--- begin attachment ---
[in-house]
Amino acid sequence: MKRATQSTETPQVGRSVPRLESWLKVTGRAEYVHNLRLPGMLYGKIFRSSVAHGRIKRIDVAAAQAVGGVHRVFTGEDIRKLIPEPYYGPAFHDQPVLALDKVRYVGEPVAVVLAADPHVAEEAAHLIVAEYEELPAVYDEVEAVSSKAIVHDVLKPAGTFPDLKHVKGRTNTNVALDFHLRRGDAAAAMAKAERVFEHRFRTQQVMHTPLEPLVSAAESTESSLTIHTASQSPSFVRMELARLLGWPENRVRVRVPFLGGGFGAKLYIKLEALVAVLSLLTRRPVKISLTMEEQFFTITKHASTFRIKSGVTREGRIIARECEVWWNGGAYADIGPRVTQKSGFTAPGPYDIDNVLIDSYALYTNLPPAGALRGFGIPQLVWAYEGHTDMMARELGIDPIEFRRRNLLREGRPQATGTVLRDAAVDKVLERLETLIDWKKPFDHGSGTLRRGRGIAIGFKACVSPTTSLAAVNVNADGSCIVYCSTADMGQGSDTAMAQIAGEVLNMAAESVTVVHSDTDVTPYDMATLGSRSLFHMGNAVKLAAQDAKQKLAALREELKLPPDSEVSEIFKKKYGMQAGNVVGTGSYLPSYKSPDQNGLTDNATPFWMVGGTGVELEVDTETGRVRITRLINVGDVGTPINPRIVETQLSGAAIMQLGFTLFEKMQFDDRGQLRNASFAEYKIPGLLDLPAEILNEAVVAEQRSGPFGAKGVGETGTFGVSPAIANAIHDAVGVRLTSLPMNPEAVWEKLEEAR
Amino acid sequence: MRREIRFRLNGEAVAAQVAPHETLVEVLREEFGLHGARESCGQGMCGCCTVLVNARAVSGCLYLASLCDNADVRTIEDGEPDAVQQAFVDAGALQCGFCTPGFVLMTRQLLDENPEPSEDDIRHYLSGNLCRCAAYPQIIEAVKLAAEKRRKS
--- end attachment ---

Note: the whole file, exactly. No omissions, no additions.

[in-house]
Amino acid sequence: MKRATQSTETPQVGRSVPRLESWLKVTGRAEYVHNLRLPGMLYGKIFRSSVAHGRIKRIDVAAAQAVGGVHRVFTGEDIRKLIPEPYYGPAFHDQPVLALDKVRYVGEPVAVVLAADPHVAEEAAHLIVAEYEELPAVYDEVEAVSSKAIVHDVLKPAGTFPDLKHVKGRTNTNVALDFHLRRGDAAAAMAKAERVFEHRFRTQQVMHTPLEPLVSAAESTESSLTIHTASQSPSFVRMELARLLGWPENRVRVRVPFLGGGFGAKLYIKLEALVAVLSLLTRRPVKISLTMEEQFFTITKHASTFRIKSGVTREGRIIARECEVWWNGGAYADIGPRVTQKSGFTAPGPYDIDNVLIDSYALYTNLPPAGALRGFGIPQLVWAYEGHTDMMARELGIDPIEFRRRNLLREGRPQATGTVLRDAAVDKVLERLETLIDWKKPFDHGSGTLRRGRGIAIGFKACVSPTTSLAAVNVNADGSCIVYCSTADMGQGSDTAMAQIAGEVLNMAAESVTVVHSDTDVTPYDMATLGSRSLFHMGNAVKLAAQDAKQKLAALREELKLPPDSEVSEIFKKKYGMQAGNVVGTGSYLPSYKSPDQNGLTDNATPFWMVGGTGVELEVDTETGRVRITRLINVGDVGTPINPRIVETQLSGAAIMQLGFTLFEKMQFDDRGQLRNASFAEYKIPGLLDLPAEILNEAVVAEQRSGPFGAKGVGETGTFGVSPAIANAIHDAVGVRLTSLPMNPEAVWEKLEEAR
Amino acid sequence: MRREIRFRLNGEAVAAQVAPHETLVEVLREEFGLHGARESCGQGMCGCCTVLVNARAVSGCLYLASLCDNADVRTIEDGEPDAVQQAFVDAGALQCGFCTPGFVLMTRQLLDENPEPSEDDIRHYLSGNLCRCAAYPQIIEAVKLAAEKRRKS